Breeding pools plan for threatened Lough Foyle oysters
Plans for four breeding ponds designed to enhance the population of the threatened Lough Foyle oyster have been submitted by the Loughs Agency.
The four pools will be located at an unused site at Muff, County Donegal in the Republic of Ireland, said the agency.
Numbers of the native oyster - Ostrea edulis - have declined dramatically over the past 100 years.
Since 2003 it has been classed as a "threatened species".
The planning application submitted with Donegal County Council would see four "spatting ponds" built at an unused site at Muff currently owned by the Foyle Shellfish Company.
An Agency spokesperson said there simply are not enough spat - the term for juvenile oysters - reaching adulthood.
"In order to try to address this problem, Loughs Agency plans to develop purpose built spatting ponds at Ture, Muff, County Donegal.
"The aim is to harvest these juveniles from the spatting ponds and put them back into the Lough once they are old enough, and so adding to the existing wild population," the spokesperson added.
In it's planning submission the Agency further states the ponds will "produce juvenile oysters from Lough Foyle adult broodstock, in a protected environment and stock them into Lough Foyle in order to augment the population."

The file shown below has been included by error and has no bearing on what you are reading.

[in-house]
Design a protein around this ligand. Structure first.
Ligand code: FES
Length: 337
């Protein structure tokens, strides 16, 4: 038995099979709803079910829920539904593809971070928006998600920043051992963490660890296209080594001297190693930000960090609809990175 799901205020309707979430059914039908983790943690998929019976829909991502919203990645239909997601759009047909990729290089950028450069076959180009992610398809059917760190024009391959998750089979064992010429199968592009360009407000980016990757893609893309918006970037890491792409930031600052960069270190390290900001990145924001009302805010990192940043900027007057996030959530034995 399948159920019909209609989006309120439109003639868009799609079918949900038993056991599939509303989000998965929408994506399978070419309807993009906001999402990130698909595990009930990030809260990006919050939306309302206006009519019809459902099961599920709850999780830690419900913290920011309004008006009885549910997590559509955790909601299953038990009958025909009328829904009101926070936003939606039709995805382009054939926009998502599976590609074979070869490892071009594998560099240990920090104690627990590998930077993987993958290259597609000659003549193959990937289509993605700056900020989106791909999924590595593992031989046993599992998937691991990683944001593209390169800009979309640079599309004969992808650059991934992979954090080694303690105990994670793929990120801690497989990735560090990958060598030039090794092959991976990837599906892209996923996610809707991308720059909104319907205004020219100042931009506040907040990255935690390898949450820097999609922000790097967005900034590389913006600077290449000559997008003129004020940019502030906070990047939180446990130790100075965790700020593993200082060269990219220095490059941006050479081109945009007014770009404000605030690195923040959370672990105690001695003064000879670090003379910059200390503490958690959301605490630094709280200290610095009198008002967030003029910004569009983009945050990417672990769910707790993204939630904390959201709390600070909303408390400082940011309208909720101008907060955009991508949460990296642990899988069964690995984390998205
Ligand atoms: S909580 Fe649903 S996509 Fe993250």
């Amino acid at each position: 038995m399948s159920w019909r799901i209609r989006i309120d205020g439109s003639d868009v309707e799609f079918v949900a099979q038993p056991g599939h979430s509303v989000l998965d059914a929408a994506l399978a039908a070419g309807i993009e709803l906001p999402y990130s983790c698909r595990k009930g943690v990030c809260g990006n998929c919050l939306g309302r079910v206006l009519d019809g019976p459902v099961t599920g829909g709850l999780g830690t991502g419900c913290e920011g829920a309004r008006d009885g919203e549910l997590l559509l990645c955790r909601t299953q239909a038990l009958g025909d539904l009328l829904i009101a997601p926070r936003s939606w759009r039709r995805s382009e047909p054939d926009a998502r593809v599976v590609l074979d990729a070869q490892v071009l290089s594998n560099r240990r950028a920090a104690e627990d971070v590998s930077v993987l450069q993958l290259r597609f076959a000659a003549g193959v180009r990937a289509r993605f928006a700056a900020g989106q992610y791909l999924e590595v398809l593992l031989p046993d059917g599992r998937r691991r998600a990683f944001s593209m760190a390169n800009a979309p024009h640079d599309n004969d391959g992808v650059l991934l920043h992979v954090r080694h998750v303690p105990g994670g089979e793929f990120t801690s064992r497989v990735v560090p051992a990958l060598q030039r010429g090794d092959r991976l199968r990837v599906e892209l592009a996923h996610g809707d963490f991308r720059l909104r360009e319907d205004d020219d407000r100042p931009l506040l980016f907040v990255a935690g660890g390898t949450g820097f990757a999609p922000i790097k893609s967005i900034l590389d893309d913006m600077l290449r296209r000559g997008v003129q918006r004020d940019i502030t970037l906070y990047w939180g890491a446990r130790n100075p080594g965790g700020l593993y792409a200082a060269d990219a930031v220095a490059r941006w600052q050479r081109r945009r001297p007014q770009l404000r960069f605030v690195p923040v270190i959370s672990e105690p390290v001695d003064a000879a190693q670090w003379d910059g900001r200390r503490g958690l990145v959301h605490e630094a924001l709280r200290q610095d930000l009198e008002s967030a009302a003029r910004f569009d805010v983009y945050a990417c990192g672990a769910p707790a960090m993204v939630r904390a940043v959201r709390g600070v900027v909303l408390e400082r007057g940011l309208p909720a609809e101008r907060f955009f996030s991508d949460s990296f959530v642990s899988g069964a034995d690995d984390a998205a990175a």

It continues: "Through the use of this novel and practical approach, the expectation is that the population size and range of the native oyster can be improved benefitting conservation and protection objectives whilst simultaneously enhancing the socio-economic sector for the local community."
The Lough Foyle Oyster population has dramatically declined due to a number of environmental factors, the Agency said.
"These factors can have a negative impact on both breeding success of adult oysters and the survival of juvenile oysters," the spokesperson added.
In 2003, OSPAR - the international body responsible for protecting the north eastern Atlantic marine environment - listed the oyster as a threatened/declining species.